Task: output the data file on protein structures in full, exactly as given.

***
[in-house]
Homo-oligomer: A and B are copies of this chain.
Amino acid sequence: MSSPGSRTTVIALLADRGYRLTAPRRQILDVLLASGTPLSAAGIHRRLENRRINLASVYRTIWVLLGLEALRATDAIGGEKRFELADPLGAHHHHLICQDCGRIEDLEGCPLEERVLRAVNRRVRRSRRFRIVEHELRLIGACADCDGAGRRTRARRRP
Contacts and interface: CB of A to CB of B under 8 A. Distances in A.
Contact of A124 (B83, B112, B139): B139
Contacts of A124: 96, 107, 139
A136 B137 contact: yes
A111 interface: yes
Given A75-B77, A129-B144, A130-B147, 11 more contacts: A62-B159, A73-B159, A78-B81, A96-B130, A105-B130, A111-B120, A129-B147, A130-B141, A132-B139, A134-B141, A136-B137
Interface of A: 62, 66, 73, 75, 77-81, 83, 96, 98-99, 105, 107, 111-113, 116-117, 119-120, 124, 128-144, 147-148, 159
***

[in-house]
Homo-oligomer: A and B are copies of this chain.
Amino acid sequence: MSSPGSRTTVIALLADRGYRLTAPRRQILDVLLASGTPLSAAGIHRRLENRRINLASVYRTIWVLLGLEALRATDAIGGEKRFELADPLGAHHHHLICQDCGRIEDLEGCPLEERVLRAVNRRVRRSRRFRIVEHELRLIGACADCDGAGRRTRARRRP
Contacts and interface: CB of A to CB of B under 8 A. Distances in A.
Contact of A124 (B83, B112, B139): B139
Contacts of A124: 96, 107, 139
A136 B137 contact: yes
A111 interface: yes
Given A75-B77, A129-B144, A130-B147, 11 more contacts: A62-B159, A73-B159, A78-B81, A96-B130, A105-B130, A111-B120, A129-B147, A130-B141, A132-B139, A134-B141, A136-B137
Interface of A: 62, 66, 73, 75, 77-81, 83, 96, 98-99, 105, 107, 111-113, 116-117, 119-120, 124, 128-144, 147-148, 159